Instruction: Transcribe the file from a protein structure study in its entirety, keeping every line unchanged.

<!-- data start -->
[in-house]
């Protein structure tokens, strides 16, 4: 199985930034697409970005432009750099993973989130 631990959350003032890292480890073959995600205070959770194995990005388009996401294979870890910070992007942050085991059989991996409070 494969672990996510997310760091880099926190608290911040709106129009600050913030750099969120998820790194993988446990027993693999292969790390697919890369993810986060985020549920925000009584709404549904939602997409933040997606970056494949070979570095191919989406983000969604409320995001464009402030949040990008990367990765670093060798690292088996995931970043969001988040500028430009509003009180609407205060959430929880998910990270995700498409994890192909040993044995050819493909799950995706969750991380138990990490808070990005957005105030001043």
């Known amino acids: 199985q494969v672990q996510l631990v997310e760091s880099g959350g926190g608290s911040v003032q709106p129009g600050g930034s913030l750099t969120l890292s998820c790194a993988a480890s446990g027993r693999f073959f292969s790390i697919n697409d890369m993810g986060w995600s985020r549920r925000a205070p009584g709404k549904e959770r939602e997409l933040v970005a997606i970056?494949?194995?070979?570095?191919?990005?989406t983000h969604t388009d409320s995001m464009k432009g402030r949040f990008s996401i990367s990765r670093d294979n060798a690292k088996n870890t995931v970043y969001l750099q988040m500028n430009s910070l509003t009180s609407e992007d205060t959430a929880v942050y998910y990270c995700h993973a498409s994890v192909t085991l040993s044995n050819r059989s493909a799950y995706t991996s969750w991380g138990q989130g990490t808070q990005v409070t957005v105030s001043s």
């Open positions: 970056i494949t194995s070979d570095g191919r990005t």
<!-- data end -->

[in-house]
């Protein structure tokens, strides 16, 4: 199985930034697409970005432009750099993973989130 631990959350003032890292480890073959995600205070959770194995990005388009996401294979870890910070992007942050085991059989991996409070 494969672990996510997310760091880099926190608290911040709106129009600050913030750099969120998820790194993988446990027993693999292969790390697919890369993810986060985020549920925000009584709404549904939602997409933040997606970056494949070979570095191919989406983000969604409320995001464009402030949040990008990367990765670093060798690292088996995931970043969001988040500028430009509003009180609407205060959430929880998910990270995700498409994890192909040993044995050819493909799950995706969750991380138990990490808070990005957005105030001043």
């Known amino acids: 199985q494969v672990q996510l631990v997310e760091s880099g959350g926190g608290s911040v003032q709106p129009g600050g930034s913030l750099t969120l890292s998820c790194a993988a480890s446990g027993r693999f073959f292969s790390i697919n697409d890369m993810g986060w995600s985020r549920r925000a205070p009584g709404k549904e959770r939602e997409l933040v970005a997606i970056?494949?194995?070979?570095?191919?990005?989406t983000h969604t388009d409320s995001m464009k432009g402030r949040f990008s996401i990367s990765r670093d294979n060798a690292k088996n870890t995931v970043y969001l750099q988040m500028n430009s910070l509003t009180s609407e992007d205060t959430a929880v942050y998910y990270c995700h993973a498409s994890v192909t085991l040993s044995n050819r059989s493909a799950y995706t991996s969750w991380g138990q989130g990490t808070q990005v409070t957005v105030s001043s």
């Open positions: 970056i494949t194995s070979d570095g191919r990005t």